Early in 1976, word got around New College, Oxford that a young chap called Dawkins was writing a popular book. An editor at Oxford University Press received a wonderfully offhand note from another New College don who was one of the press’ guiding lights – a Delegate in their terms – suggesting that he hoped the book would be like Desmond Morris’ The Naked Ape. However, it wasn’t exactly a recommendation for Dawkins’ own effort: “I have no idea whether he or it is any good but it might be worth looking into. I got the impression he is looking for a publisher.”
He found one. The editor, Michael Rodgers, was immediately gripped by the manuscript, and title, of The Selfish Gene. One of the most rewarding chapters of his own book recounts the tense spell while he had the science checked out, as OUP required, while working to steer Dawkins away from other potential suitors. The deal was done, the book became a huge success, and it reinforced Rodgers’ interest in the possibilities of popular science.
That was pretty unusual in 1976, as this commendably modest memoir of a publishing career reminds us. Steven Weinberg’s landmark account of modern cosmology, The First Three Minutes: A Modern View of the Origin of the Universe, appeared the following year, but it was another decade before Stephen Hawking’s A Brief History of Time really established the fact that big scientific ideas could lead to big-selling books that (for a while) could command seven-figure advances.
Rodgers’ employer was never in that market, but in a succession of jobs with OUP and others he played his part in re-establishing pop-science as a viable genre. He worked mainly for old firms that mixed academic with trade publishing – the latter mostly marginal. Along the way, he nurtured many textbooks, most notably Peter Atkins and Julio de Paula’s enduring market leader Physical Chemistry, and a clutch of notable popular authors, including Atkins himself, John Emsley and Nick Lane.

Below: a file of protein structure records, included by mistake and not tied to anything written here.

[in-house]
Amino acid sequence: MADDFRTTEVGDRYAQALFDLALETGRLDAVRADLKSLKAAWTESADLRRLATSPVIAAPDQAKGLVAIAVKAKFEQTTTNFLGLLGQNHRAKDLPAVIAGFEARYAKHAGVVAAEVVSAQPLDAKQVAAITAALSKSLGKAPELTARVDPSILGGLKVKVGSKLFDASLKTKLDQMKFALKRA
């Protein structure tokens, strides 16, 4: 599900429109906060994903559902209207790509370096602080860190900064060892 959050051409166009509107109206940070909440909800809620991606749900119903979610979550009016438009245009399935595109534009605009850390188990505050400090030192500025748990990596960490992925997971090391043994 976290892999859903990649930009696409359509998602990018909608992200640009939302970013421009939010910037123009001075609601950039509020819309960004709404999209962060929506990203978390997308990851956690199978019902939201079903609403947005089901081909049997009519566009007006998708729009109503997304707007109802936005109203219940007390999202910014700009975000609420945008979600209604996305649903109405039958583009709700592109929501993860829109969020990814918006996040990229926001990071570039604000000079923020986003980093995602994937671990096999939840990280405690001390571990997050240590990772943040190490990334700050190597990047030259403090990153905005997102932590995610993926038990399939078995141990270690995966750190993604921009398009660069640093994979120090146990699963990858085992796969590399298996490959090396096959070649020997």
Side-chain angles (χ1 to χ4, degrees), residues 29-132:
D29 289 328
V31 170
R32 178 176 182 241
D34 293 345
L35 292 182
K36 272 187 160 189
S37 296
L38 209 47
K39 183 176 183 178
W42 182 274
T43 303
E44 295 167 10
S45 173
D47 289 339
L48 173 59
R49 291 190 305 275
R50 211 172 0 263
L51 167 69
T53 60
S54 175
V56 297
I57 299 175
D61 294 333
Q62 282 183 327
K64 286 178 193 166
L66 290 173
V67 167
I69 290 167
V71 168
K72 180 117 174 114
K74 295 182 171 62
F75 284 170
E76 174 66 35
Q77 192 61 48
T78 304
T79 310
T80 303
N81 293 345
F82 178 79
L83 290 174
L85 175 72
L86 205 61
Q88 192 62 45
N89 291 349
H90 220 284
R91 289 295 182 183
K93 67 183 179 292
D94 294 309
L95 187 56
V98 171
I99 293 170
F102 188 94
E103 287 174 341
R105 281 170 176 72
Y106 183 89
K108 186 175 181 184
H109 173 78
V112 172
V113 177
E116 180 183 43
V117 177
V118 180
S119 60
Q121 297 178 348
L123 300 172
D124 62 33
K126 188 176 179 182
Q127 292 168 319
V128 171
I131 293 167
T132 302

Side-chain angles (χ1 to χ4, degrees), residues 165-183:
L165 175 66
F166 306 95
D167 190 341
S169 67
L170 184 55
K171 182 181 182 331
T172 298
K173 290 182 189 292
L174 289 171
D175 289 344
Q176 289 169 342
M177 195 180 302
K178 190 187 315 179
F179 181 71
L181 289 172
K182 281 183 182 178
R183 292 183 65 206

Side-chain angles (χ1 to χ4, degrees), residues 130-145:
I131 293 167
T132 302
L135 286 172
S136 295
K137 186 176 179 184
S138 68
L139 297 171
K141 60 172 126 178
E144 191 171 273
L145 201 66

There is much diverting detail on the nitty-gritty of publishing in Rodgers’ chapters, although some crucial items have gone missing. It is frustrating that he recalls writing a strategic plan for Longman’s science division in the early 1980s, but not what it said. I would also have liked more about the actual business of editing. The fact that he became firm friends with Dawkins and went on to edit a succession of his later titles, and was even brought in as a freelance by another publisher, suggests he was rather good at it, but apart from saying that it is important to tell authors when to slow down their explanations, he doesn’t give much away.
Rodgers seems more interested in the vicissitudes of publishing life. Never drawn to management, he remains excited by ideas and sticks to the role of commissioning editor more or less throughout the span the book covers – but he is also made redundant an impressive number of times when corporations shift their priorities. Despite that, his is a record mainly of successes, and he has a good word for (almost) everybody.
This amiable little book will not give you much insight into how the business of publishing is evolving now – for that you’ll need John B. Thompson’s Merchants of Culture: The Publishing Business in the Twenty-First Century. But it is a useful source on what life used to be like in the world of serious people working to help serve serious readers, and sometimes succeeding beyond their expectations.
Publishing and the Advancement of Science – From Selfish Genes to Galileo’s Finger
By Michael Rodgers
Imperial College Press, 200pp, £50.00, £25.00 and £19.00
ISBN 9781783263707, 3714 and 3738 (e-book)
Published 21 March 2014